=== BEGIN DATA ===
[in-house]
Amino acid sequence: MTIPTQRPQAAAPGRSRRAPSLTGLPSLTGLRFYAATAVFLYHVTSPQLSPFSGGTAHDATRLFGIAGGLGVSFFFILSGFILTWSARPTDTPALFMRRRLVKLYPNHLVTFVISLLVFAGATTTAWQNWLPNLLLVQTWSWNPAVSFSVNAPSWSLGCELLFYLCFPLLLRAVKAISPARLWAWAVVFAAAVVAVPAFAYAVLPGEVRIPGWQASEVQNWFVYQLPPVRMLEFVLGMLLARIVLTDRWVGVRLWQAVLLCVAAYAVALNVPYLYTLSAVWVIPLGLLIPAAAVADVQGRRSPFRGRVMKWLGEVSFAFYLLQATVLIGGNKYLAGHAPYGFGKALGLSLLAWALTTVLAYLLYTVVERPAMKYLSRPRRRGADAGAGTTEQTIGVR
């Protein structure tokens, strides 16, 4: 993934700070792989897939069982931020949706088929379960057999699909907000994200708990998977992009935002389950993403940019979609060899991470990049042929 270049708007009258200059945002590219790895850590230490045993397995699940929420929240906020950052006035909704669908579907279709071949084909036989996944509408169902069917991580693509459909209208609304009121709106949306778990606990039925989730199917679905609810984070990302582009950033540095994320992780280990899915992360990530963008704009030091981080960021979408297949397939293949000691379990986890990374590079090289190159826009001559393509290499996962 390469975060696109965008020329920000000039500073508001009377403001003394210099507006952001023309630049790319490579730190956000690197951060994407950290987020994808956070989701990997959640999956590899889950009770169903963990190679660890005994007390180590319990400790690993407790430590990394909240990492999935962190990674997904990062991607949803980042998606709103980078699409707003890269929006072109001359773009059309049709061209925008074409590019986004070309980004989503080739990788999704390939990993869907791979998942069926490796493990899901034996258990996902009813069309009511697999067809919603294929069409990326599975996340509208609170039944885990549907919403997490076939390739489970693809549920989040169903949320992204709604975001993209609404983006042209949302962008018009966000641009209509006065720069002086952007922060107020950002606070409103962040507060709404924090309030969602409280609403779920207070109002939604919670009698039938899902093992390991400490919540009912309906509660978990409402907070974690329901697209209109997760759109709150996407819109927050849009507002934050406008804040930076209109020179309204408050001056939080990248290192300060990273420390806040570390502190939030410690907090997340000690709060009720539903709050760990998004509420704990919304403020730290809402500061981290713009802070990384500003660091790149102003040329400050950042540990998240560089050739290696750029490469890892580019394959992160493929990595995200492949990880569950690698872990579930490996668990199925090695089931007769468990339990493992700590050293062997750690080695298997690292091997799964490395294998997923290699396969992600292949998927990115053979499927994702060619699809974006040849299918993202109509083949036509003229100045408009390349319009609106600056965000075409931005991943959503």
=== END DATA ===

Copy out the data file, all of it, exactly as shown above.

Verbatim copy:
[in-house]
Amino acid sequence: MTIPTQRPQAAAPGRSRRAPSLTGLPSLTGLRFYAATAVFLYHVTSPQLSPFSGGTAHDATRLFGIAGGLGVSFFFILSGFILTWSARPTDTPALFMRRRLVKLYPNHLVTFVISLLVFAGATTTAWQNWLPNLLLVQTWSWNPAVSFSVNAPSWSLGCELLFYLCFPLLLRAVKAISPARLWAWAVVFAAAVVAVPAFAYAVLPGEVRIPGWQASEVQNWFVYQLPPVRMLEFVLGMLLARIVLTDRWVGVRLWQAVLLCVAAYAVALNVPYLYTLSAVWVIPLGLLIPAAAVADVQGRRSPFRGRVMKWLGEVSFAFYLLQATVLIGGNKYLAGHAPYGFGKALGLSLLAWALTTVLAYLLYTVVERPAMKYLSRPRRRGADAGAGTTEQTIGVR
């Protein structure tokens, strides 16, 4: 993934700070792989897939069982931020949706088929379960057999699909907000994200708990998977992009935002389950993403940019979609060899991470990049042929 270049708007009258200059945002590219790895850590230490045993397995699940929420929240906020950052006035909704669908579907279709071949084909036989996944509408169902069917991580693509459909209208609304009121709106949306778990606990039925989730199917679905609810984070990302582009950033540095994320992780280990899915992360990530963008704009030091981080960021979408297949397939293949000691379990986890990374590079090289190159826009001559393509290499996962 390469975060696109965008020329920000000039500073508001009377403001003394210099507006952001023309630049790319490579730190956000690197951060994407950290987020994808956070989701990997959640999956590899889950009770169903963990190679660890005994007390180590319990400790690993407790430590990394909240990492999935962190990674997904990062991607949803980042998606709103980078699409707003890269929006072109001359773009059309049709061209925008074409590019986004070309980004989503080739990788999704390939990993869907791979998942069926490796493990899901034996258990996902009813069309009511697999067809919603294929069409990326599975996340509208609170039944885990549907919403997490076939390739489970693809549920989040169903949320992204709604975001993209609404983006042209949302962008018009966000641009209509006065720069002086952007922060107020950002606070409103962040507060709404924090309030969602409280609403779920207070109002939604919670009698039938899902093992390991400490919540009912309906509660978990409402907070974690329901697209209109997760759109709150996407819109927050849009507002934050406008804040930076209109020179309204408050001056939080990248290192300060990273420390806040570390502190939030410690907090997340000690709060009720539903709050760990998004509420704990919304403020730290809402500061981290713009802070990384500003660091790149102003040329400050950042540990998240560089050739290696750029490469890892580019394959992160493929990595995200492949990880569950690698872990579930490996668990199925090695089931007769468990339990493992700590050293062997750690080695298997690292091997799964490395294998997923290699396969992600292949998927990115053979499927994702060619699809974006040849299918993202109509083949036509003229100045408009390349319009609106600056965000075409931005991943959503």